This situation forbad the bankruptcy court to take summary jurisdiction at all. The power over a bankrupt's estate depends primarily on actual custody, like that of any other court that proceeds in rem. Having taken hold of the property, it may award it to whom it thinks lawful, and other courts will recognize the interests so decreed. However, its power is not limited to goods of which it has actual custody through its officer; a marshal, a receiver, or a trustee. It may also seize summarily other goods, which are in that case said to be "constructively" in its possession at petition filed. The underlying condition upon this incidental power is that the property must be in the possession of one who acknowledges that he holds it subject to the bankrupt's demand. Such a bailee, making no claim of interest, is subject to the orders of the bankruptcy court as such. Mueller v. Nugent, 184 U.S. 1, 22 S. Ct. 269, 46 L. Ed. 405; Babbitt v. Dutcher, 216 U.S. 102, 30 S. Ct. 372, 54 L. Ed. 402, 17 Ann. Cas. 969; Taubel, etc. Co. v. Fox, 264 U.S. 426, 432, 433, 44 S. Ct. 396, 68 L. Ed. 770. Further, the court will examine even an adverse claim of the bailee, so far as to determine whether it is patently absurd or made in bad faith, "colorable" only. May v. Henderson, 268 U.S. 111, 116, 45 S. Ct. 456, 69 L. Ed. 870. This is simple in statement but most confusing in application, as the books bear ample witness.

We shall assume that the court would have had jurisdiction, if the defendant had held for Koegel alone at petition filed, though third persons later made claims to the property. Board of Trade v. Johnson, 264 U.S. 1, 44 S. Ct. 232, 68 L. Ed. 533; O'Dell v. Boyden, 150 F. 731, 10 Ann. Cas. 239 (C.C.A. 6); Seattle Curb Exchange v. Knight, 59 F.2d 39 (C.C.A. 9); In re Hoey, Tilden & Co. (D.C.) 292 F. 269. These cases concerned brokers' seats in exchanges, which the courts have treated as more than choses in action. Those decisions in which the same doctrine has been extended to indubitable choses in action are even a stronger instance of the jurisdiction. Orinoco Iron Co. v. Metzel, 230 F. 40 (C.C.A. 6); In re Borok, 50 F.2d 75 (C.C.A. 2). Our decision in Re Fuller, 294 F. 71, appears to be otherwise, but it conflicts with In re Borok, supra, though we did not notice the earlier case at the time. The situation at bar is different. If the bailee already holds the goods for a third person at petition filed, the court may not proceed. First Nat'l. Bank v. Chicago T. & T. Co., 198 U.S. 280, 25 S. Ct. 693, 49 L. Ed. 1051; Taubel, etc., Co. v. Fox, supra, 264 U.S. 426, 44 S. Ct. 396, 68 L. Ed. 770. Here, by virtue of the substantive law we have mentioned, the defendant did not then hold the rugs for the bankrupt; nor indeed did it hold them for Cochrane; it held them for which of the two first demanded possession. Even this is perhaps not strictly true. If Koegel had demanded the goods and the defendant had wrongfully refused delivery, the transitus would probably not have been at an end, and Cochrane might still have stopped them, though the defendant were guilty of a conversion. But that we pass merely with this allusion; we will assume arguendo that the defendant held for whoever made the first demand.The filing of the petition in bankruptcy was not a demand; the defendant continued to hold as before; he had not become a bailee for Koegel. While we have found nothing in the books on the point, it seems to us that such an equivocal possession will not sustain summary proceedings. As we have said, the underlying notion is that for the jurisdiction to attach, the bailee must be unconditionally subject to the bankrupt's orders. True, a carrier or warehouseman in the defendant's position is always subject to the buyer's demand, and we are somewhat gratuitously assuming that this alone would make the buyer the bailor. But he is also subject to the seller's demand, which would equally make the seller the bailor. If at petition filed neither has made a demand, the bailor remains ambiguous; certainly he cannot be said to be the bankrupt buyer, and only then should the court interpose, for the facts supporting its jurisdiction must appear affirmatively.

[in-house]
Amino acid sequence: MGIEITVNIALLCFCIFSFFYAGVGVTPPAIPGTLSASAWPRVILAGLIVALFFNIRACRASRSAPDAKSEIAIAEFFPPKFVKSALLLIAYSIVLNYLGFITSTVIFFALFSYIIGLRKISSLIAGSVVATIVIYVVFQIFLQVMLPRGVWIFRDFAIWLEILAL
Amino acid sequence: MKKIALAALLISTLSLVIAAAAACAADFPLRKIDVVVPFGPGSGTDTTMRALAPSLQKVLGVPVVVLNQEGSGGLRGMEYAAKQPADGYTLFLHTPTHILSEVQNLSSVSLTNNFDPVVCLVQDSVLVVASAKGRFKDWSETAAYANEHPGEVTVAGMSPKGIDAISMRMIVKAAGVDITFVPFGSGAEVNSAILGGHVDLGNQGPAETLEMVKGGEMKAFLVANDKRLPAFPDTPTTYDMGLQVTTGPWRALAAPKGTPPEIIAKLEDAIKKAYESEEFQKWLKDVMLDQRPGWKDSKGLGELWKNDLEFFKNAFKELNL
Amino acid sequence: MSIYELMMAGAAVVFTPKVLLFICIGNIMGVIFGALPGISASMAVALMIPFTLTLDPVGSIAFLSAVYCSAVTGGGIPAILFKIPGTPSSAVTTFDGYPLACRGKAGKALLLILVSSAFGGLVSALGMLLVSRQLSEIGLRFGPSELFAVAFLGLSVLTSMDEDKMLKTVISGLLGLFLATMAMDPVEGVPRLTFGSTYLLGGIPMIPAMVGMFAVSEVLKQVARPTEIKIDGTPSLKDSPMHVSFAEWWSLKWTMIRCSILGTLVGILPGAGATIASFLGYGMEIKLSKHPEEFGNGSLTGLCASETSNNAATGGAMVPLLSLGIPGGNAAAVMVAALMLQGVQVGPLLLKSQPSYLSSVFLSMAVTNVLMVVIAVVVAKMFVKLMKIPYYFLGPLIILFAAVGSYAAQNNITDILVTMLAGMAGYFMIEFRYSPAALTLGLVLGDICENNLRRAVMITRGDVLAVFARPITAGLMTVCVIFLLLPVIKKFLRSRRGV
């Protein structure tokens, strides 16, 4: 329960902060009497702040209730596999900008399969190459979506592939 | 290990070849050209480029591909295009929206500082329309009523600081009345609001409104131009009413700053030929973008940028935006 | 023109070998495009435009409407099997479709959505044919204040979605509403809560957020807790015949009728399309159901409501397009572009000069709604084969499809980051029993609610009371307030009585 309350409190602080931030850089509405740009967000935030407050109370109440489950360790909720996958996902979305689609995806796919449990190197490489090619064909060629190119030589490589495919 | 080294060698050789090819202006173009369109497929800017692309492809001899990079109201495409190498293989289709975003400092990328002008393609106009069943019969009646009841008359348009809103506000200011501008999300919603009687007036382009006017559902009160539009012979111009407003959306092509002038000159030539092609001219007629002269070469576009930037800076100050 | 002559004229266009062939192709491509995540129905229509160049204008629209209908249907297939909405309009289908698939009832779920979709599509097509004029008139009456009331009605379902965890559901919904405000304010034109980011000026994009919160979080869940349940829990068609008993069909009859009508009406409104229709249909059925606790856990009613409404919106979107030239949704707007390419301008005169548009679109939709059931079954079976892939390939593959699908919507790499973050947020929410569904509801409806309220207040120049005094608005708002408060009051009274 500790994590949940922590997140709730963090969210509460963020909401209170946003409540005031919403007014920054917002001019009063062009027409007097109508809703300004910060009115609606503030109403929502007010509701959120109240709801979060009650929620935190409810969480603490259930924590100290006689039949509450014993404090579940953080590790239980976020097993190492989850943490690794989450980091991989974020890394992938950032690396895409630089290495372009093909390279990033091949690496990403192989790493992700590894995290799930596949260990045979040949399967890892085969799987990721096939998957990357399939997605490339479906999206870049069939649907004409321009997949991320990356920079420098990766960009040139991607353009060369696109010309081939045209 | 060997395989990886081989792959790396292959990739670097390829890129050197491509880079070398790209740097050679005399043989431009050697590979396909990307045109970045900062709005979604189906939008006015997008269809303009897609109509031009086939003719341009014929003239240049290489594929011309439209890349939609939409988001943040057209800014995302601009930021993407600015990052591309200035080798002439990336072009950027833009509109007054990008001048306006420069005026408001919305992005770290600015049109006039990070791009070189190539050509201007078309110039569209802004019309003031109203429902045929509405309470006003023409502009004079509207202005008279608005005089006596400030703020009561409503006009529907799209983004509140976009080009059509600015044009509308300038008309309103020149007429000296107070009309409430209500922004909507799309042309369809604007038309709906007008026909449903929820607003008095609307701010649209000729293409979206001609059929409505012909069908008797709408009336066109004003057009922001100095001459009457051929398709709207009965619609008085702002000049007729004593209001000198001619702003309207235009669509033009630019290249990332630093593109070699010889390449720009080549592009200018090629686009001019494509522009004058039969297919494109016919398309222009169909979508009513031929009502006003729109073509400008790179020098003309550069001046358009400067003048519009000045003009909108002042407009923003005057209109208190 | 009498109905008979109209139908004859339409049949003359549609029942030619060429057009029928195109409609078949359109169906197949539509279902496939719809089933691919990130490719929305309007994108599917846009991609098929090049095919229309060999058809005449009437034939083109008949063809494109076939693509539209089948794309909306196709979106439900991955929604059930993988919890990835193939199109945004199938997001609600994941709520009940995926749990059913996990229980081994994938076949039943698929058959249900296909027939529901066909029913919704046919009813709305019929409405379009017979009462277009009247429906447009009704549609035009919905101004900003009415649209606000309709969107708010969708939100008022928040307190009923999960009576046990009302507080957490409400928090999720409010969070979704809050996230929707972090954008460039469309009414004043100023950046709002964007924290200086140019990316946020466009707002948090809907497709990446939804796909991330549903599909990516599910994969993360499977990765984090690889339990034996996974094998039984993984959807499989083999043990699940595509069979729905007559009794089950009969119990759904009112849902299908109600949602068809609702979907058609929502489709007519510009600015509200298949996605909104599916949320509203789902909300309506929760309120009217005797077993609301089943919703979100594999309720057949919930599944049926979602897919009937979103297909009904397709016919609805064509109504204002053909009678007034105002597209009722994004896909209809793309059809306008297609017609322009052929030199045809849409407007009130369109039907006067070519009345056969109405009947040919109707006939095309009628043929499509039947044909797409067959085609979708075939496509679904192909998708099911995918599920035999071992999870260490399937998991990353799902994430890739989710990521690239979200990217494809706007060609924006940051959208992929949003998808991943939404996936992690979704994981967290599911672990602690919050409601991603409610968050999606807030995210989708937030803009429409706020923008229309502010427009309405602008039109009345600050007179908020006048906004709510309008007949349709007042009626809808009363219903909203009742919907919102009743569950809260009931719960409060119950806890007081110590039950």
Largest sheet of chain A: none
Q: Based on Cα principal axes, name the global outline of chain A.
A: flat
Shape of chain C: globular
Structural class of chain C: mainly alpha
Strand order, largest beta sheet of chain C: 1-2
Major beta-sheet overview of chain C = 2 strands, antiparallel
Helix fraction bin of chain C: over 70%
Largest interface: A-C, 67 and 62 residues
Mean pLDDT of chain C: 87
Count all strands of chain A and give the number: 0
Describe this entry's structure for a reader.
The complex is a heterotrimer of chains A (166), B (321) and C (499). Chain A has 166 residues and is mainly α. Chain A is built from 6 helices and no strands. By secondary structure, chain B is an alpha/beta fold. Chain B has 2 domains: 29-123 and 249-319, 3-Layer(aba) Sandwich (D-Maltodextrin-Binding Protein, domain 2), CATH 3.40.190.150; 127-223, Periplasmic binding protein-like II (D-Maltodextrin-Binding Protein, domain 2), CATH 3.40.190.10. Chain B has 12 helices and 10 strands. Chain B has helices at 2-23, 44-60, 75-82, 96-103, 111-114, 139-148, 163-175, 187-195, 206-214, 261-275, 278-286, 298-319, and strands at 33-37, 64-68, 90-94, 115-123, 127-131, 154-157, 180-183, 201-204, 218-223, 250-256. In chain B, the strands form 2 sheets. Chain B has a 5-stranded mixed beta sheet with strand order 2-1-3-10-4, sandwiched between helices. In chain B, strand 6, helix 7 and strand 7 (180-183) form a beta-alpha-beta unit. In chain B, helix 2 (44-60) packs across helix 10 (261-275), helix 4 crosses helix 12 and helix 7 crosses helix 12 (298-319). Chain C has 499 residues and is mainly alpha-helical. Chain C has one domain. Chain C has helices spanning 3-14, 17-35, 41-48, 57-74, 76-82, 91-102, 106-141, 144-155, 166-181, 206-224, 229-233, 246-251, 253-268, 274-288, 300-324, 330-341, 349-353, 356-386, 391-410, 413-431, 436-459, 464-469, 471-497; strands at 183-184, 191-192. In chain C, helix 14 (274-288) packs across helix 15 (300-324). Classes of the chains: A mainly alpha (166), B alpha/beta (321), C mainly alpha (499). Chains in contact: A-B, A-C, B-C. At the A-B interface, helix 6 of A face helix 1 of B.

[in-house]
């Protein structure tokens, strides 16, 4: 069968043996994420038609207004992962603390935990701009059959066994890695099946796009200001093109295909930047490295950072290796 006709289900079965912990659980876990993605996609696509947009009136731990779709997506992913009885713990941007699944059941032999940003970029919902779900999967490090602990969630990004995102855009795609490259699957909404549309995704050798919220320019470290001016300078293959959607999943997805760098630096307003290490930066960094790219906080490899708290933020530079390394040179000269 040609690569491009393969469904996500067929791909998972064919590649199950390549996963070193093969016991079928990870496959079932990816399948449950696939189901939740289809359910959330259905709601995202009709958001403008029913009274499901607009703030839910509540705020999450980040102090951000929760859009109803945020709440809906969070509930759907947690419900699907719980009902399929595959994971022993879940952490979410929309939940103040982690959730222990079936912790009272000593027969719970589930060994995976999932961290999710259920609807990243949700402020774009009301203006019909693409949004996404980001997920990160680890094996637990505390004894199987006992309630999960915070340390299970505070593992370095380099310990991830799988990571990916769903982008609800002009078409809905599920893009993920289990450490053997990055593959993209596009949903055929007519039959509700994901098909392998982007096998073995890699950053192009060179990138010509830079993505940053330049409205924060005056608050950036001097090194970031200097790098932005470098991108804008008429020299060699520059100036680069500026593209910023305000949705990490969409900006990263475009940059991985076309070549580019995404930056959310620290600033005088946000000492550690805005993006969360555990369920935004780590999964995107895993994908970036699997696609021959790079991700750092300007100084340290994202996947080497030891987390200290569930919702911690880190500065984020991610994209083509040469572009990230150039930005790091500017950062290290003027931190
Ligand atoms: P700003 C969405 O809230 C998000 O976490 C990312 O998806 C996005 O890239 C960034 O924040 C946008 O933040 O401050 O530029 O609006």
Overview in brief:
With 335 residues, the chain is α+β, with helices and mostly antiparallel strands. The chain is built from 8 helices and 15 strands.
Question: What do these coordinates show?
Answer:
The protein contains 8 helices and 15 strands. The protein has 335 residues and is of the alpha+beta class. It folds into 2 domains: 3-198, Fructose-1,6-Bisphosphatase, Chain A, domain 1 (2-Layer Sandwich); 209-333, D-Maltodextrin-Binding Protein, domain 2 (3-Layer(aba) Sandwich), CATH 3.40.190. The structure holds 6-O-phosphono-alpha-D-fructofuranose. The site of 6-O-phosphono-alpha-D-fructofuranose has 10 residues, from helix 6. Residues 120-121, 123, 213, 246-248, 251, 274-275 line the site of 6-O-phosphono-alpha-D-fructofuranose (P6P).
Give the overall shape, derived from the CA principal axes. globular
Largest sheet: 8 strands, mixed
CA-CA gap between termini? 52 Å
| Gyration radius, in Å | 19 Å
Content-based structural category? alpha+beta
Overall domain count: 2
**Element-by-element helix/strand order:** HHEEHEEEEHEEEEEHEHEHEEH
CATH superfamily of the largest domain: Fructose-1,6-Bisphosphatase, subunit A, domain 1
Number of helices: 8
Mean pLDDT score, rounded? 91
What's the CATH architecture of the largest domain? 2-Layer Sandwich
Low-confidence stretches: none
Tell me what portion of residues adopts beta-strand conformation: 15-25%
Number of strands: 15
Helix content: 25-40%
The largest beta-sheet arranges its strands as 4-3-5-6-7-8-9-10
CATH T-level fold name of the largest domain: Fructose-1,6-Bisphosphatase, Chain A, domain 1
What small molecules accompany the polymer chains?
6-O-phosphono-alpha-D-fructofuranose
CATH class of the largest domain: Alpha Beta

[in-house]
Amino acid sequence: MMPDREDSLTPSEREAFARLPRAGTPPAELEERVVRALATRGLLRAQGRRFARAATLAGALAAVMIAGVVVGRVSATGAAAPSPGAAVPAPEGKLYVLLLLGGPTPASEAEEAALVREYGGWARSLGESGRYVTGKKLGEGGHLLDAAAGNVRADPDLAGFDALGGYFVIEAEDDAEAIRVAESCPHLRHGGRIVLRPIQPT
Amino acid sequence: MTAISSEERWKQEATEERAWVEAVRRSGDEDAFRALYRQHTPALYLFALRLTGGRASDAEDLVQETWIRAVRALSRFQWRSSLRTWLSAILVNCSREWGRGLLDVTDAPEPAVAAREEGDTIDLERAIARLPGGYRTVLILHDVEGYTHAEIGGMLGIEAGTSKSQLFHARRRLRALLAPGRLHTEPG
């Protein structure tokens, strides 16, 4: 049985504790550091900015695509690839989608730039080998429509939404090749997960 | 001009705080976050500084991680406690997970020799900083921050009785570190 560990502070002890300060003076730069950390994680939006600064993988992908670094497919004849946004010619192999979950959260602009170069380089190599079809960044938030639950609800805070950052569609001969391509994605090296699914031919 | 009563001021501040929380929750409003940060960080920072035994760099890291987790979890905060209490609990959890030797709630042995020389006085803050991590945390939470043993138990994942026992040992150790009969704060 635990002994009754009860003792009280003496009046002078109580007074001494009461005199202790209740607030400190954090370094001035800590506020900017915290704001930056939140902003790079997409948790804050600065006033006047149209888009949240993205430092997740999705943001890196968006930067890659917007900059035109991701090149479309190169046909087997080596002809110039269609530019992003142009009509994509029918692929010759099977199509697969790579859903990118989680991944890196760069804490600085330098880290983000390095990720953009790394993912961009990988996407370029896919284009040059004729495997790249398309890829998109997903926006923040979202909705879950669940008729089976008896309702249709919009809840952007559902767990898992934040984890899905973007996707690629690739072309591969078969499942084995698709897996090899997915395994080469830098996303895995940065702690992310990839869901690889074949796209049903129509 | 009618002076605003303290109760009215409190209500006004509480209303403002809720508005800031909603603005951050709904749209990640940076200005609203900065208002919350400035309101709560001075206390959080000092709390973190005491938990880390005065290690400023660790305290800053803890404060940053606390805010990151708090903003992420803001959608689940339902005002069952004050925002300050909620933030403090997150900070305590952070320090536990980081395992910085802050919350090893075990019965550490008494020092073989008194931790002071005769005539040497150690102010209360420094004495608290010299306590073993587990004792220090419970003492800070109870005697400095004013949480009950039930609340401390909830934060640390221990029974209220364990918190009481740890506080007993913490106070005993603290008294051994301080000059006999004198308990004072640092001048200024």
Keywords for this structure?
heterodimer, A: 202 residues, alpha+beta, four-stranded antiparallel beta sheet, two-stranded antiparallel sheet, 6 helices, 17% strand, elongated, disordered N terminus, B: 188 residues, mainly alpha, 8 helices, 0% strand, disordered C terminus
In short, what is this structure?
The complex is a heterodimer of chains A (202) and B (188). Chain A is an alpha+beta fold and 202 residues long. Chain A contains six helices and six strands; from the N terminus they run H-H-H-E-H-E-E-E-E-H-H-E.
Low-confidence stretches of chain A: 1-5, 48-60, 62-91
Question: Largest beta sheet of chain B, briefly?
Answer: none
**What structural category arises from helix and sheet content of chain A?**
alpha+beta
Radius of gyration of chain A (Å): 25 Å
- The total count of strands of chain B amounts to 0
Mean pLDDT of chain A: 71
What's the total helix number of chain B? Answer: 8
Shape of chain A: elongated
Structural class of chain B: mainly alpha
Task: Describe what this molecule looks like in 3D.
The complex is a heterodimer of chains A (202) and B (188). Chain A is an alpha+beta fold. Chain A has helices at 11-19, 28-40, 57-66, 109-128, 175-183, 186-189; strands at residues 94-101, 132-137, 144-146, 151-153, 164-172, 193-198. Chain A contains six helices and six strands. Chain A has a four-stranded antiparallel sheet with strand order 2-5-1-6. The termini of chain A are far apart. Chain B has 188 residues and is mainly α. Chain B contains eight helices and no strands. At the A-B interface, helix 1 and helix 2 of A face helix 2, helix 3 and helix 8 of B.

Therefore, though the disposition of the appeal involves an incidental determination of the merits, strictly we can decide no more than that the bankruptcy court had no jurisdiction. The referee should have sustained the defendant's objection and dismissed the petition without prejudice to a plenary suit.

Order reversed; petition dismissed without prejudice to a plenary suit.